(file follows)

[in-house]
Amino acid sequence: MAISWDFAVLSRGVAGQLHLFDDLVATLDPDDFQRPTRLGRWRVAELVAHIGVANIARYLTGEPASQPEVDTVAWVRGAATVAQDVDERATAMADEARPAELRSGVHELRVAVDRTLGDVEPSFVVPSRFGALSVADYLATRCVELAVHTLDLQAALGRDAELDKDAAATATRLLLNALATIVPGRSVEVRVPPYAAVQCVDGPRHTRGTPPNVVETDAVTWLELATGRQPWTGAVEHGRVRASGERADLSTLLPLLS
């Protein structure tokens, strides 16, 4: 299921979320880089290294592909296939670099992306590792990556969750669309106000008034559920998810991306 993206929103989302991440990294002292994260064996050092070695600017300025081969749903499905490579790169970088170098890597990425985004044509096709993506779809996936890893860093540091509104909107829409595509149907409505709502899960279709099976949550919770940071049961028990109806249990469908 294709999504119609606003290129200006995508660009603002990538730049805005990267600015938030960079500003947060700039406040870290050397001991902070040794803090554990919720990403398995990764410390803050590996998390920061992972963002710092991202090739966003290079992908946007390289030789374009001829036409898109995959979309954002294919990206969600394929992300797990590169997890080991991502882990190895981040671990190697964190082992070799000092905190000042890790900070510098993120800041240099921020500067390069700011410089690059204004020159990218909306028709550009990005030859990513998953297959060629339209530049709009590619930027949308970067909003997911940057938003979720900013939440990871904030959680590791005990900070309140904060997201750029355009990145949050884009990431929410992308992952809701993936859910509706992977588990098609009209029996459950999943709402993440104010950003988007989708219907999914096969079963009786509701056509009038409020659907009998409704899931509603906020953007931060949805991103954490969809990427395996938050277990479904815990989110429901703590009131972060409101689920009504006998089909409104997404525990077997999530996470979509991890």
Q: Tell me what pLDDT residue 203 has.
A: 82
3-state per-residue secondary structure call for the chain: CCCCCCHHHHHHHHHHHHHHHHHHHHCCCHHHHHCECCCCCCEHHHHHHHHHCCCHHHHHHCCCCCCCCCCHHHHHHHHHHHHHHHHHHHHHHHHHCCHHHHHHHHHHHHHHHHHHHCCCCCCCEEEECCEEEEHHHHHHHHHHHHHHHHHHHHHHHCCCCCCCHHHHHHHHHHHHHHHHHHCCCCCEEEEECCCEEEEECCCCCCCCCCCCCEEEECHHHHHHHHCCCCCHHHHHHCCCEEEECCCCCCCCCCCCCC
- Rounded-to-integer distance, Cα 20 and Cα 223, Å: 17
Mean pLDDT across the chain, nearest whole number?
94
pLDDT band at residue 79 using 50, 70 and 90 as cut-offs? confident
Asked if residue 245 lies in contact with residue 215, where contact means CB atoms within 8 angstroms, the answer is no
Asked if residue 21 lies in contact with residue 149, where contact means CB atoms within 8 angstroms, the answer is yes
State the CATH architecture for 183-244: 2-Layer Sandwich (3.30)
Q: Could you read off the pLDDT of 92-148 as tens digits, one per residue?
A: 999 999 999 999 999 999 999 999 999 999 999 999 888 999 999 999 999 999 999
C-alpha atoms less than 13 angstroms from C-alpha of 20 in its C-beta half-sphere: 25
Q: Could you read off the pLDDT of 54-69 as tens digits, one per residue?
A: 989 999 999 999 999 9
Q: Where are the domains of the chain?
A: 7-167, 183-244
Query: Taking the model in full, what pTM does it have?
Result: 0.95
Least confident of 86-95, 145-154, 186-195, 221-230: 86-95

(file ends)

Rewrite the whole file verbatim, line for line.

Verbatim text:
[in-house]
Amino acid sequence: MAISWDFAVLSRGVAGQLHLFDDLVATLDPDDFQRPTRLGRWRVAELVAHIGVANIARYLTGEPASQPEVDTVAWVRGAATVAQDVDERATAMADEARPAELRSGVHELRVAVDRTLGDVEPSFVVPSRFGALSVADYLATRCVELAVHTLDLQAALGRDAELDKDAAATATRLLLNALATIVPGRSVEVRVPPYAAVQCVDGPRHTRGTPPNVVETDAVTWLELATGRQPWTGAVEHGRVRASGERADLSTLLPLLS
């Protein structure tokens, strides 16, 4: 299921979320880089290294592909296939670099992306590792990556969750669309106000008034559920998810991306 993206929103989302991440990294002292994260064996050092070695600017300025081969749903499905490579790169970088170098890597990425985004044509096709993506779809996936890893860093540091509104909107829409595509149907409505709502899960279709099976949550919770940071049961028990109806249990469908 294709999504119609606003290129200006995508660009603002990538730049805005990267600015938030960079500003947060700039406040870290050397001991902070040794803090554990919720990403398995990764410390803050590996998390920061992972963002710092991202090739966003290079992908946007390289030789374009001829036409898109995959979309954002294919990206969600394929992300797990590169997890080991991502882990190895981040671990190697964190082992070799000092905190000042890790900070510098993120800041240099921020500067390069700011410089690059204004020159990218909306028709550009990005030859990513998953297959060629339209530049709009590619930027949308970067909003997911940057938003979720900013939440990871904030959680590791005990900070309140904060997201750029355009990145949050884009990431929410992308992952809701993936859910509706992977588990098609009209029996459950999943709402993440104010950003988007989708219907999914096969079963009786509701056509009038409020659907009998409704899931509603906020953007931060949805991103954490969809990427395996938050277990479904815990989110429901703590009131972060409101689920009504006998089909409104997404525990077997999530996470979509991890």
Q: Tell me what pLDDT residue 203 has.
A: 82
3-state per-residue secondary structure call for the chain: CCCCCCHHHHHHHHHHHHHHHHHHHHCCCHHHHHCECCCCCCEHHHHHHHHHCCCHHHHHHCCCCCCCCCCHHHHHHHHHHHHHHHHHHHHHHHHHCCHHHHHHHHHHHHHHHHHHHCCCCCCCEEEECCEEEEHHHHHHHHHHHHHHHHHHHHHHHCCCCCCCHHHHHHHHHHHHHHHHHHCCCCCEEEEECCCEEEEECCCCCCCCCCCCCEEEECHHHHHHHHCCCCCHHHHHHCCCEEEECCCCCCCCCCCCCC
- Rounded-to-integer distance, Cα 20 and Cα 223, Å: 17
Mean pLDDT across the chain, nearest whole number?
94
pLDDT band at residue 79 using 50, 70 and 90 as cut-offs? confident
Asked if residue 245 lies in contact with residue 215, where contact means CB atoms within 8 angstroms, the answer is no
Asked if residue 21 lies in contact with residue 149, where contact means CB atoms within 8 angstroms, the answer is yes
State the CATH architecture for 183-244: 2-Layer Sandwich (3.30)
Q: Could you read off the pLDDT of 92-148 as tens digits, one per residue?
A: 999 999 999 999 999 999 999 999 999 999 999 999 888 999 999 999 999 999 999
C-alpha atoms less than 13 angstroms from C-alpha of 20 in its C-beta half-sphere: 25
Q: Could you read off the pLDDT of 54-69 as tens digits, one per residue?
A: 989 999 999 999 999 9
Q: Where are the domains of the chain?
A: 7-167, 183-244
Query: Taking the model in full, what pTM does it have?
Result: 0.95
Least confident of 86-95, 145-154, 186-195, 221-230: 86-95